CFA CFA Level 2 passthrough vs paythrough

passthrough vs paythrough

  • This topic has 5 replies, 2 voices, and was last updated Mar-17 by christine.
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    • vincentt
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      I understand what’s a pay through:

      of mortgages —pay interests &principals —> agency — after deducting fees —> investors

      So what’s a paythrough?

    • christine
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      I’m assuming you mean you understand what a pass through is, but not what a pay through is. Or the other way around.

      A pass through and pay through achieve the same thing, but the difference is that with a pass through, investors are directly exposed to the pool of mortgages (i.e. they own a small slice of the pool). In a pay through, the agency owns the entire pool, and issues a new debt security to simulate the exposure of the mortgage pool.

      What’s the difference? Liability mostly, as well as discretion in synchronizing or desynchronizing from the underlying asset (mortgage pool).

      Here’s another explanation from a research paper if it helps another:

      The nature of the investors’ interest in the underlying assets determines whether a securitisation structure is a ‘Pass Through’ or ‘Pay Through’ structure. In a pass through structure, the SPV issues ‘Pass Through Certificates’ which are in the nature of participation certificates that enable the investors to take a direct exposure on the performance of the securitised assets. Pay through, on the other hand, gives investors only a charge against the securitised assets, while the assets themselves are owned by the SPV. The SPV issues regular secured debt instruments. The term PTCs has been used in the report referring to pass through as well as pay through certificates.

      Pay through structures permit de-synchronization of servicing of the securities from the underlying cash flows. In the pay through structure, the SPV is given discretion (albeit to a limited extent) to re-invest short term surpluses – a power that is not available to the SPV in the case of the pass through structure. In the pass through structure, investors are serviced as and when cash is actually generated by the underlying assets. Delay in cash flows is of course shielded to the extent of credit enhancement. Prepayments are, however, passed on to the investors who then have to tackle re-investment risk. A further advantage of the pay through structure is that different issues of securities can be ranked and hence priced differentially.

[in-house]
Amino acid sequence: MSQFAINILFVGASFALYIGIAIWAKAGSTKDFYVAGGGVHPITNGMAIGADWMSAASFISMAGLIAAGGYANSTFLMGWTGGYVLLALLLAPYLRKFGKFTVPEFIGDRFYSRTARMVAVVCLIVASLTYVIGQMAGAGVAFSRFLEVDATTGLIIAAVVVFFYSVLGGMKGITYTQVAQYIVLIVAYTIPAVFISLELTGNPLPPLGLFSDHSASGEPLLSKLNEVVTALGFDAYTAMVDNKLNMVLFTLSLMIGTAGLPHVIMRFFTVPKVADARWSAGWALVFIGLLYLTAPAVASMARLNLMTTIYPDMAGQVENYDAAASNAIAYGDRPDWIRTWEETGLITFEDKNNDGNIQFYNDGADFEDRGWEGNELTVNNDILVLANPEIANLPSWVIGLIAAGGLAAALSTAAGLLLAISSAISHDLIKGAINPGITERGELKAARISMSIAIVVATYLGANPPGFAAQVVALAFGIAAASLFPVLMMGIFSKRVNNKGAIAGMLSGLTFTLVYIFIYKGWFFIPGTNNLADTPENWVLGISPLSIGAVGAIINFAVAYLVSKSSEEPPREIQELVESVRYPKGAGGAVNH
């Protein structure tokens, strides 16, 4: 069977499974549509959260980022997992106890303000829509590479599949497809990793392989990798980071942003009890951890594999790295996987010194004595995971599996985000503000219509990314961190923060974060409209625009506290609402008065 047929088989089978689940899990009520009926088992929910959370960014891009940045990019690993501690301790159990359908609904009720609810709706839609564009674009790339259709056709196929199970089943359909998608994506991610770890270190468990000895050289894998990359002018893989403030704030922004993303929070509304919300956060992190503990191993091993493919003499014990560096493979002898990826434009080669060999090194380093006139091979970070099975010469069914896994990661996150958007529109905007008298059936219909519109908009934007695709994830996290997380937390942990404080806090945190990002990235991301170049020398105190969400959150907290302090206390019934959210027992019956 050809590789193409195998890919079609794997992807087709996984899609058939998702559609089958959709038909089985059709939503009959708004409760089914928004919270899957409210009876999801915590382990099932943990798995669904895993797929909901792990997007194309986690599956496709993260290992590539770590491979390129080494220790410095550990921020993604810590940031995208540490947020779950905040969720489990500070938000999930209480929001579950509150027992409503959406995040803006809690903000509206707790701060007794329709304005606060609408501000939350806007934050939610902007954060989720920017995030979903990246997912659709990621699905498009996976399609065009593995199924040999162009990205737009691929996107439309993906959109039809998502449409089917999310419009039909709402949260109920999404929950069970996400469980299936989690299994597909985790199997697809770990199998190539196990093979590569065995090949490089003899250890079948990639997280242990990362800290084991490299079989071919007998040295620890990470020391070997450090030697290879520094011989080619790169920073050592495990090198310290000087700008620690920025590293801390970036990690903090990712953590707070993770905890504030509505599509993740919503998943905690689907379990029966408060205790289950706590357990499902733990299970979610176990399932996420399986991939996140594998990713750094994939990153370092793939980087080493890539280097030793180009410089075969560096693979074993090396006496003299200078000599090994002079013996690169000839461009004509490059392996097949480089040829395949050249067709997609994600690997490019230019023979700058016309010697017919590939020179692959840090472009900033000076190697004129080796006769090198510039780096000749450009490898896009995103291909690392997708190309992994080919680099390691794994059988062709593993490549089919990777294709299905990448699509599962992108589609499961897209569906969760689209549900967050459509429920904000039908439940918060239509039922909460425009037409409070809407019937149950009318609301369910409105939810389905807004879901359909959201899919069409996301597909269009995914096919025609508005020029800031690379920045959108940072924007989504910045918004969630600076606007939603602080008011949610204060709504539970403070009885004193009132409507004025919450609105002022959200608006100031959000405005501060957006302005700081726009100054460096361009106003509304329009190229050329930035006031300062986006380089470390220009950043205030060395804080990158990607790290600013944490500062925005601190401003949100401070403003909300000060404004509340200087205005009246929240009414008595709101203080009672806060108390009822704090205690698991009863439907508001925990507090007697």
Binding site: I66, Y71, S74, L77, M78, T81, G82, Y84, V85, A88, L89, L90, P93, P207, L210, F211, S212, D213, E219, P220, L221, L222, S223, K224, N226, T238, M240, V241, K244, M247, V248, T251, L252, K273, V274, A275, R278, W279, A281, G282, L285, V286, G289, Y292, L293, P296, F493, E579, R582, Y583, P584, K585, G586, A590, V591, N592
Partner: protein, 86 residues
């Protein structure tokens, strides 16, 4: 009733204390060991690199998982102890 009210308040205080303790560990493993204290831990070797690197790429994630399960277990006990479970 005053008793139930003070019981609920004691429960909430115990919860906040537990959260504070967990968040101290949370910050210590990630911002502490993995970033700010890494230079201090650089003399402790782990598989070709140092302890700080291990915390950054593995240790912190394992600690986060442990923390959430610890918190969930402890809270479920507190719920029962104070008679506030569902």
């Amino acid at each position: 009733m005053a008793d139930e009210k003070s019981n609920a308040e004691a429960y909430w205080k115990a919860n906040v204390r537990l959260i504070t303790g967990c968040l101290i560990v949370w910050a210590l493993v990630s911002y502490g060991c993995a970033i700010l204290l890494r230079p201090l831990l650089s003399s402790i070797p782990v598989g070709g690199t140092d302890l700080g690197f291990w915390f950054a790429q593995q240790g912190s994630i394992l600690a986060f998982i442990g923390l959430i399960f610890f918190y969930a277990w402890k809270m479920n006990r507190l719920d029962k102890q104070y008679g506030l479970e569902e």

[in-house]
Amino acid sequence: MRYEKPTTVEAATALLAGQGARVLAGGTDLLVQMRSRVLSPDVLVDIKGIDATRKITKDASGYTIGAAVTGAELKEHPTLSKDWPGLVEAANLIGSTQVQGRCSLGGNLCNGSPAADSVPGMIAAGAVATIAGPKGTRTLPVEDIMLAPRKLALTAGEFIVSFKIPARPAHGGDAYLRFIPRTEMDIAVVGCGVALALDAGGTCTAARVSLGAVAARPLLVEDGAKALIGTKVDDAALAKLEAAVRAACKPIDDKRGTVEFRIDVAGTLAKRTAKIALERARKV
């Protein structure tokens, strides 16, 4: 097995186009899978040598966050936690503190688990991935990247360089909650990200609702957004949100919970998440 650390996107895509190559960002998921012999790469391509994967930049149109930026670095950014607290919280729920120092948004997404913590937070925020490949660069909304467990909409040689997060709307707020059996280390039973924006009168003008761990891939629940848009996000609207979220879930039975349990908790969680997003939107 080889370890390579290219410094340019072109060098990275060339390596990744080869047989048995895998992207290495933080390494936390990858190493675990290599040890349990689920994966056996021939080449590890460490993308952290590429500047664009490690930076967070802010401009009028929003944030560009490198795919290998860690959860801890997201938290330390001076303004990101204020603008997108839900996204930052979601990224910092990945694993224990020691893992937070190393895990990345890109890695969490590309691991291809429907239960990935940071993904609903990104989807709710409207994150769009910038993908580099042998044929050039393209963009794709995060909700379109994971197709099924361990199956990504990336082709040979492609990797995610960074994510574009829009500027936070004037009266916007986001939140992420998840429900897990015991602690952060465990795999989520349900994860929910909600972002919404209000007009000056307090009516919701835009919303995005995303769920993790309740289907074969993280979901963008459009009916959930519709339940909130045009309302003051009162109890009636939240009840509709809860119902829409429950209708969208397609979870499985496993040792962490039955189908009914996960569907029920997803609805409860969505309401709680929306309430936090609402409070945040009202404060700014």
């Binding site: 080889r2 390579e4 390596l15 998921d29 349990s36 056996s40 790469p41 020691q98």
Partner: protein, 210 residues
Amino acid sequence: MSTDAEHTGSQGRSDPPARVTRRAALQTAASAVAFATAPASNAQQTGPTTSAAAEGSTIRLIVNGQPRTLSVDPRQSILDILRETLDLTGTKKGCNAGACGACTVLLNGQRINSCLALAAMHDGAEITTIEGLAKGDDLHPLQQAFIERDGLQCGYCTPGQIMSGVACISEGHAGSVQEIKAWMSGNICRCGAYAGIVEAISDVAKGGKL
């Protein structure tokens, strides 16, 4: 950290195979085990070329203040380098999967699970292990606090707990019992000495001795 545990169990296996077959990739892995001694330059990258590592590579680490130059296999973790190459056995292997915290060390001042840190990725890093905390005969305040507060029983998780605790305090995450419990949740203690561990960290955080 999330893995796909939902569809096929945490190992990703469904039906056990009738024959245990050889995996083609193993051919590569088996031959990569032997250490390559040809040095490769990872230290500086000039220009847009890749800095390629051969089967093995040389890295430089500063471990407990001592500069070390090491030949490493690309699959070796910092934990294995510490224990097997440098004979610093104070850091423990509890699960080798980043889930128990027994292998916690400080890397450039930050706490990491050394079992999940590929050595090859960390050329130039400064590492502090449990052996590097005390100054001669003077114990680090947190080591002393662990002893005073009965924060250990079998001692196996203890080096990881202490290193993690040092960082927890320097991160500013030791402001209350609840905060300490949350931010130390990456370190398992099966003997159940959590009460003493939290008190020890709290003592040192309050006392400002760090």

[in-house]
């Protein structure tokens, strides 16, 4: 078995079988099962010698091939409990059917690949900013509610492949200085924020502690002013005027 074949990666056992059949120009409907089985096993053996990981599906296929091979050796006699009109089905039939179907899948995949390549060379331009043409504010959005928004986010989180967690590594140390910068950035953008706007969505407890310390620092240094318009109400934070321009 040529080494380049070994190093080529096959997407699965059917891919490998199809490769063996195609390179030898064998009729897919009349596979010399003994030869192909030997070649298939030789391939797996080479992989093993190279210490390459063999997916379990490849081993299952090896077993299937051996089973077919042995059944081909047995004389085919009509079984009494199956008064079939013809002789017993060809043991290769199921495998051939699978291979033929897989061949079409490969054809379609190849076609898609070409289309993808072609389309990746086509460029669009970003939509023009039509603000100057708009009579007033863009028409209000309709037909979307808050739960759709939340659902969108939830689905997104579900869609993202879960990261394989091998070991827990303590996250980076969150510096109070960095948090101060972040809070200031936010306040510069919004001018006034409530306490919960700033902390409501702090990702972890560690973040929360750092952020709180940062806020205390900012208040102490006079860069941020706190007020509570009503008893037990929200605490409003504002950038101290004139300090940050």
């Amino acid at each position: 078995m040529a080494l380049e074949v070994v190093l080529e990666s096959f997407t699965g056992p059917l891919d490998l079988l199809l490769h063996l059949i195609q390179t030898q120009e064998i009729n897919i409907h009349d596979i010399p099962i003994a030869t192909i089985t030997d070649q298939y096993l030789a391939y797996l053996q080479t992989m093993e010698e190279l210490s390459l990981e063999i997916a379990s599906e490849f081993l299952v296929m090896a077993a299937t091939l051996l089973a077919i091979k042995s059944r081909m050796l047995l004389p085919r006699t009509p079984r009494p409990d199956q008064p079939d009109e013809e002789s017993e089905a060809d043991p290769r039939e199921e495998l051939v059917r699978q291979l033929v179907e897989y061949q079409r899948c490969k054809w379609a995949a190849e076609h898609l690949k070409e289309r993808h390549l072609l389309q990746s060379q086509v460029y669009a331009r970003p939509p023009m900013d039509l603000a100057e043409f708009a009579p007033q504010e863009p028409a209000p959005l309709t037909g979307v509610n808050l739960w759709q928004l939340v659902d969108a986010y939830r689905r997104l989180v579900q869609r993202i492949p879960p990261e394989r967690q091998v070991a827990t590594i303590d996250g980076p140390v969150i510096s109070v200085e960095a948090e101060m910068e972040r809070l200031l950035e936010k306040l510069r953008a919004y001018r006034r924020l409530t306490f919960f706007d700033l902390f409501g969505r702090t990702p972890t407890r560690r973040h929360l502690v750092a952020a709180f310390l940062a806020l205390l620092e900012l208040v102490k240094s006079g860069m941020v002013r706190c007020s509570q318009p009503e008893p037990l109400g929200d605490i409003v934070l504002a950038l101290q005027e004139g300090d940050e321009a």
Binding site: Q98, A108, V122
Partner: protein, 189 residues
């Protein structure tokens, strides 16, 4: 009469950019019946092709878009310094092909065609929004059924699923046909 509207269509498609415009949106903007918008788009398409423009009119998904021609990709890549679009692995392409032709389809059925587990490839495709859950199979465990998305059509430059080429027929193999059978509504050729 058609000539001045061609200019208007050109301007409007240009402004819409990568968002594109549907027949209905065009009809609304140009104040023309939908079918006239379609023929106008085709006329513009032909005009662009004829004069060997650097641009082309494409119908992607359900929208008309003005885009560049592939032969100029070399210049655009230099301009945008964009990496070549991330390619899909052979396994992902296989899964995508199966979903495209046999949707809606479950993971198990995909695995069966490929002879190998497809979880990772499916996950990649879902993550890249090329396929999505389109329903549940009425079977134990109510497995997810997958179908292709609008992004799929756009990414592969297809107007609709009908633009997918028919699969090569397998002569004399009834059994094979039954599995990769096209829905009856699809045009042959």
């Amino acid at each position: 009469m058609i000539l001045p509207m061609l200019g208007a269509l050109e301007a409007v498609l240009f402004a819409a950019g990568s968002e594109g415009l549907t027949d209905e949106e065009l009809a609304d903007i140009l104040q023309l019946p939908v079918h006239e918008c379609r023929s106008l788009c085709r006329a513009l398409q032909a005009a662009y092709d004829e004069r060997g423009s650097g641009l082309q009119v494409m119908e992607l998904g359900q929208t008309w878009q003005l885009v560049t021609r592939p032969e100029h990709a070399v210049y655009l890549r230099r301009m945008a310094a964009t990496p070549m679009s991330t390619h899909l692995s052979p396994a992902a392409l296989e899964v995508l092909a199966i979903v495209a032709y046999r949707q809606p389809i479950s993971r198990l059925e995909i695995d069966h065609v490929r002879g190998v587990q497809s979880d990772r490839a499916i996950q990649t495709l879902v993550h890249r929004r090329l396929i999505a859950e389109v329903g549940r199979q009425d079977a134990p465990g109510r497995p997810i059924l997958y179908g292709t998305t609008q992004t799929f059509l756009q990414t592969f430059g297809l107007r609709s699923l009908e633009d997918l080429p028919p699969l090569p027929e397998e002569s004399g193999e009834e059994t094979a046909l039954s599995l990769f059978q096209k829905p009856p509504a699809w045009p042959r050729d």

• vincentt
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      @christine so in short (correct me if i’m wrong), for passthrough structures cashflows are paid to all investors (pro-rata basis) whereas the pay-through will follow the tranche (PAC I, PAC II, subordinate, etc) like a CMO ? Hence, different investors in different tranche will be exposed to different level of risk though they invested in the same mortgage pool.

      Sounds right?

    • christine
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      @vincentt that’s exactly right! :-bd

    • vincentt
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      @christine thank you 😀

    • christine
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      Not a problem! B-)

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